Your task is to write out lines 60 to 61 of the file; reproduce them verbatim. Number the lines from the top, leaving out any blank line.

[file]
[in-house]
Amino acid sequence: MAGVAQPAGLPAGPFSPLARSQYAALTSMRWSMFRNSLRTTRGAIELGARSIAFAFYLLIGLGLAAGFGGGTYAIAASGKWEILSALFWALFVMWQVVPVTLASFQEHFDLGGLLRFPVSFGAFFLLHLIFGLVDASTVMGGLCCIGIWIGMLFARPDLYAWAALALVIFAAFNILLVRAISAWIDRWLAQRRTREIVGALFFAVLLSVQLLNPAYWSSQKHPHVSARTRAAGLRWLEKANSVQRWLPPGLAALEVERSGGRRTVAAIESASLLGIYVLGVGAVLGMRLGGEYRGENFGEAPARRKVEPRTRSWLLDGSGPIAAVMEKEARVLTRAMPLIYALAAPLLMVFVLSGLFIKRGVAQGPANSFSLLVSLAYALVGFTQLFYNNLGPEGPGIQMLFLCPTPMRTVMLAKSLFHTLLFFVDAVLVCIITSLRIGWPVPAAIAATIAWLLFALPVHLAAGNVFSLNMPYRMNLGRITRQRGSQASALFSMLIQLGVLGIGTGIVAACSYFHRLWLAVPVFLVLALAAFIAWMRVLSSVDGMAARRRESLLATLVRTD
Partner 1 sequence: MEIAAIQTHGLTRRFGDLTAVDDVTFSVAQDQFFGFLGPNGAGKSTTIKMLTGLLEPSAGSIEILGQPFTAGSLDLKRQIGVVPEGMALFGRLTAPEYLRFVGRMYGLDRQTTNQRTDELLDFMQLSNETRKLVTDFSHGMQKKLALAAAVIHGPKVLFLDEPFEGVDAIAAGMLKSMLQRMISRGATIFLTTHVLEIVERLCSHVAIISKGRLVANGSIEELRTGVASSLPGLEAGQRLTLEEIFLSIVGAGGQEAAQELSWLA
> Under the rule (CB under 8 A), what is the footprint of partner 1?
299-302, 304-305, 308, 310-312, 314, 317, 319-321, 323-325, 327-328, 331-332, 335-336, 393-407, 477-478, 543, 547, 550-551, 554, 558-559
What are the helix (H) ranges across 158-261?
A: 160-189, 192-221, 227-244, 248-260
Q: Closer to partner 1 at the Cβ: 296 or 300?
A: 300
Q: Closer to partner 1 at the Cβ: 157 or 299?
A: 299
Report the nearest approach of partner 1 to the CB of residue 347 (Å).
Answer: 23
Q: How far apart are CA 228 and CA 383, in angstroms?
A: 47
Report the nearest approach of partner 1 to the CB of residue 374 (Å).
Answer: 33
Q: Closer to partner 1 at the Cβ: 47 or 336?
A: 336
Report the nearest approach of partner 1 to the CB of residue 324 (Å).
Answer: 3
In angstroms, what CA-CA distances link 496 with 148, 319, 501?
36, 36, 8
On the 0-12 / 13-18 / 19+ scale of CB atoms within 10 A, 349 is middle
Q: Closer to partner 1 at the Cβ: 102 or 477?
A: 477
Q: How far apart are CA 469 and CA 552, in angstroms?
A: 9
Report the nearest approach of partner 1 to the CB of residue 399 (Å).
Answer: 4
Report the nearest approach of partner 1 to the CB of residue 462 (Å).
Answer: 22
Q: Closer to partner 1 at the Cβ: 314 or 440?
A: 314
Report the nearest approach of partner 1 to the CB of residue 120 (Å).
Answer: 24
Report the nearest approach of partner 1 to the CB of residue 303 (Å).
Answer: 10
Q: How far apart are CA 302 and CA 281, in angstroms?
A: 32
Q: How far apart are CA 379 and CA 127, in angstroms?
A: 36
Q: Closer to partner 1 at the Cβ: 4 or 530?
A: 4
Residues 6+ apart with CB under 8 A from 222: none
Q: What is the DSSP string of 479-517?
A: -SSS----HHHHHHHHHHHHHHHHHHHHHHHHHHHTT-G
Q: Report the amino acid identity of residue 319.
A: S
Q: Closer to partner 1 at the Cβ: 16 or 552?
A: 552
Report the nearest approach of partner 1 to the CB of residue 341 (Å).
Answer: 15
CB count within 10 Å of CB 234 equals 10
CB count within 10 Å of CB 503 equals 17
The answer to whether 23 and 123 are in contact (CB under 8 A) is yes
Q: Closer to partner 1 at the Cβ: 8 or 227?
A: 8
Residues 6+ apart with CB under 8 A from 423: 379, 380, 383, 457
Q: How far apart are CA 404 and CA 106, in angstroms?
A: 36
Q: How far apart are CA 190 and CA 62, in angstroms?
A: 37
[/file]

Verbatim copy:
Q: How far apart are CA 404 and CA 106, in angstroms?
A: 36